One of the more obvious themes that Austen deals with in Pride and Prejudice is pride among society. Austen explores pride among both the aristocracy and among the middle class society, such as Elizabeth's class. Darcy and Elizabeth discover that, unbeknown to themselves, they both have excessive pride. We see Elizabeth's self-realization when she declares,
I, who have prided myself on my discernment!....I have courted prepossession and ignorance, and driven reason away. (Ch. 13, Vol. 2)
Likewise, Darcy's self-realization is seen in the lines, "I was given good principles, but left to follow them in pride and conceit" (Ch. 16, Vol. 3).
Another more obvious theme is prejudice. Elizabeth discovers that due to his class and his reserved nature, Elizabeth had accused Darcy of being a horrible, arrogant, and prideful person.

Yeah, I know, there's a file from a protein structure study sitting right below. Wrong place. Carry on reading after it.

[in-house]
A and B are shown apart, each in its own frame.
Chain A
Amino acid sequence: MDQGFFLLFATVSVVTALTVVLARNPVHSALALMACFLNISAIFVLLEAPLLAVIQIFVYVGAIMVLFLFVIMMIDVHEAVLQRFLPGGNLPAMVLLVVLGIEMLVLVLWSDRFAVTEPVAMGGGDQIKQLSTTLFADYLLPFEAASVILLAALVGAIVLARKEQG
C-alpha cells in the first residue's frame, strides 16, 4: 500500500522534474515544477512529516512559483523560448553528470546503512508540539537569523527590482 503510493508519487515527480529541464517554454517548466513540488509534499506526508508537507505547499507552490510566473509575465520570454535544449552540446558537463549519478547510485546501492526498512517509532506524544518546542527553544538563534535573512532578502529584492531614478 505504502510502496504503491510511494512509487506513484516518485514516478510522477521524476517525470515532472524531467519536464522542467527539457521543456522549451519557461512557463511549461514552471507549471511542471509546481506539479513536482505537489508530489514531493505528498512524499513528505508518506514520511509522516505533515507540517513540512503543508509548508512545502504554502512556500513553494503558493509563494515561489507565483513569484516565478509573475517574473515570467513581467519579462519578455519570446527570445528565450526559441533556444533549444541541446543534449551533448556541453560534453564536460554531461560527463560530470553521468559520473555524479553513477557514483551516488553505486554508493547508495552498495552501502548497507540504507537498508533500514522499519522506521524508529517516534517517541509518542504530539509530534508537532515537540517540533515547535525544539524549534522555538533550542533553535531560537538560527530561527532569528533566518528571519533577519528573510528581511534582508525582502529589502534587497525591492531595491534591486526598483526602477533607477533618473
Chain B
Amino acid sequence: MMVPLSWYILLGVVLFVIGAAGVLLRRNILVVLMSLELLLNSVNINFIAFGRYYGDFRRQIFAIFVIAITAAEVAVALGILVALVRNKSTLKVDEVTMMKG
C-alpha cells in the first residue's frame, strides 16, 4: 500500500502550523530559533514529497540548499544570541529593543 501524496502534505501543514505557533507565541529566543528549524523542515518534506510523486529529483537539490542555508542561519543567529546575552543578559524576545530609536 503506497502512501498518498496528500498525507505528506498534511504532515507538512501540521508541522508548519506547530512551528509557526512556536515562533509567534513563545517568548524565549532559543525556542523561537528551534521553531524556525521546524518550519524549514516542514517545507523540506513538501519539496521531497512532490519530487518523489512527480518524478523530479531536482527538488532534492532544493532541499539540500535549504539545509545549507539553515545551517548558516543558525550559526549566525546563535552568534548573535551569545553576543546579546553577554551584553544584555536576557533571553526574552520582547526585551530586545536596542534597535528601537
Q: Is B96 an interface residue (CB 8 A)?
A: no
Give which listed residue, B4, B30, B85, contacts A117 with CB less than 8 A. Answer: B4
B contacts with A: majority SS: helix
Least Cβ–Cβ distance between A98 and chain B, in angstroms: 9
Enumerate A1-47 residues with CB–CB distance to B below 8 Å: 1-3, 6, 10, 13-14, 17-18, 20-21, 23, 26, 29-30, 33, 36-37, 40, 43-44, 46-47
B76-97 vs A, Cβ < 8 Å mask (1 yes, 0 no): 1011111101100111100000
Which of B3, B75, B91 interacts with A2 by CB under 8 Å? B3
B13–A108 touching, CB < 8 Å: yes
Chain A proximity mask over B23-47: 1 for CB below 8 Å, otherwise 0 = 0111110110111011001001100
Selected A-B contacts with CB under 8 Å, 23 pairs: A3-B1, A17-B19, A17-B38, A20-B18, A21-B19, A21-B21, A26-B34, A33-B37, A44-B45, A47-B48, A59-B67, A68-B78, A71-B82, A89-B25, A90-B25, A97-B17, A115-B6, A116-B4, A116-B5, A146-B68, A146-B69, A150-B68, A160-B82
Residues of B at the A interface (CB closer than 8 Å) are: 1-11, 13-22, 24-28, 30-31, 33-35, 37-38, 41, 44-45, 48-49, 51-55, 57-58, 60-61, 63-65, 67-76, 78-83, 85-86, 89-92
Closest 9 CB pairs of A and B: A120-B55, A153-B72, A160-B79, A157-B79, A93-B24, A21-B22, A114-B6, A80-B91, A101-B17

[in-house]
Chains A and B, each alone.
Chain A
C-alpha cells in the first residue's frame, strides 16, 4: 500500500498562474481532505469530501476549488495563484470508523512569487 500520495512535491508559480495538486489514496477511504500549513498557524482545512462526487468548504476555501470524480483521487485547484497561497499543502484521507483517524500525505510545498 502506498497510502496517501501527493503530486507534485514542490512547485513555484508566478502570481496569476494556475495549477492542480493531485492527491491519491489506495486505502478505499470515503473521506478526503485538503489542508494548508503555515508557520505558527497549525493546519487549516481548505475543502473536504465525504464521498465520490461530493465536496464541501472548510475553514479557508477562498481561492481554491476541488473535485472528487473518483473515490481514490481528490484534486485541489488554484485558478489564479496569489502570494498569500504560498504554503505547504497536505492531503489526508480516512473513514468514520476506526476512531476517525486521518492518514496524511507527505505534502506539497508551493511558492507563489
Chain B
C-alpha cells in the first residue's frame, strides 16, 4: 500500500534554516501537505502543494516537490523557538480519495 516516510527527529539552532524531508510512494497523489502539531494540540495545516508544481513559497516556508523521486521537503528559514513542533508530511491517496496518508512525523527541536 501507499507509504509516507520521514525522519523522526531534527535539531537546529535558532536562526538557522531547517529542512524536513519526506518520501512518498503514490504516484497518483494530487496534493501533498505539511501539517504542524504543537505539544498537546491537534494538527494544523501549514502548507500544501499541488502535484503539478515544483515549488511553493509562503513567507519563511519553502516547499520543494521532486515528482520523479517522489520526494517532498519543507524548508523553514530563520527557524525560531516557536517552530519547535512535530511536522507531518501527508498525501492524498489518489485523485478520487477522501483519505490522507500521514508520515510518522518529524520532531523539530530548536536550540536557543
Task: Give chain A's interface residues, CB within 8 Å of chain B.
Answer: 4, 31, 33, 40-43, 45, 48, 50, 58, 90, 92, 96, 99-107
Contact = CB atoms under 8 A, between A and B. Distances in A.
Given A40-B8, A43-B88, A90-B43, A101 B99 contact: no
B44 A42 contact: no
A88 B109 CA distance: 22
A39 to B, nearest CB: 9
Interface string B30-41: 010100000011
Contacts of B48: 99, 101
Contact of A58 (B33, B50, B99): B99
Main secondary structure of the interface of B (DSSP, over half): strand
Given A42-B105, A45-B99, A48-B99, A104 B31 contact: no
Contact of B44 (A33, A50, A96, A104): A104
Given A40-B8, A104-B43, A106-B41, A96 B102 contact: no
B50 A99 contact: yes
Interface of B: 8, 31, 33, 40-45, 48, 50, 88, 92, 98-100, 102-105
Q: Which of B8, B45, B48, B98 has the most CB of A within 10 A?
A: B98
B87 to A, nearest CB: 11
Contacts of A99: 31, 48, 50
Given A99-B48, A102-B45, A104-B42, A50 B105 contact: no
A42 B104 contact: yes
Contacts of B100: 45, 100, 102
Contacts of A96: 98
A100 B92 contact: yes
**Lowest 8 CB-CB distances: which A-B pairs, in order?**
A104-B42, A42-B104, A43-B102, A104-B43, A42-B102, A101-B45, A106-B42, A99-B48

Another less obvious theme contrasts the idea of romantic points of view with more practical view points. Both Jane and Elizabeth want to marry for love. Elizabeth is especially appalled when Charlotte Lucas accepts Mr. Collins's proposal for the sake of being well provided for, yet we soon learn that Charlotte has made the right decision.
These themes are especially portrayed through Austen's use of point of view. Since Austen uses third-person omniscient point of view with a focus on Elizabeth, we get to hear the narrator philosophize about the themes, but we also get to witness Elizabeth's revelations.
Mood is a second feature that helps shape these themes. Austen's mood is spiced up with a great deal of irony. The irony serves to make thematic points both amusing and emotionally intense.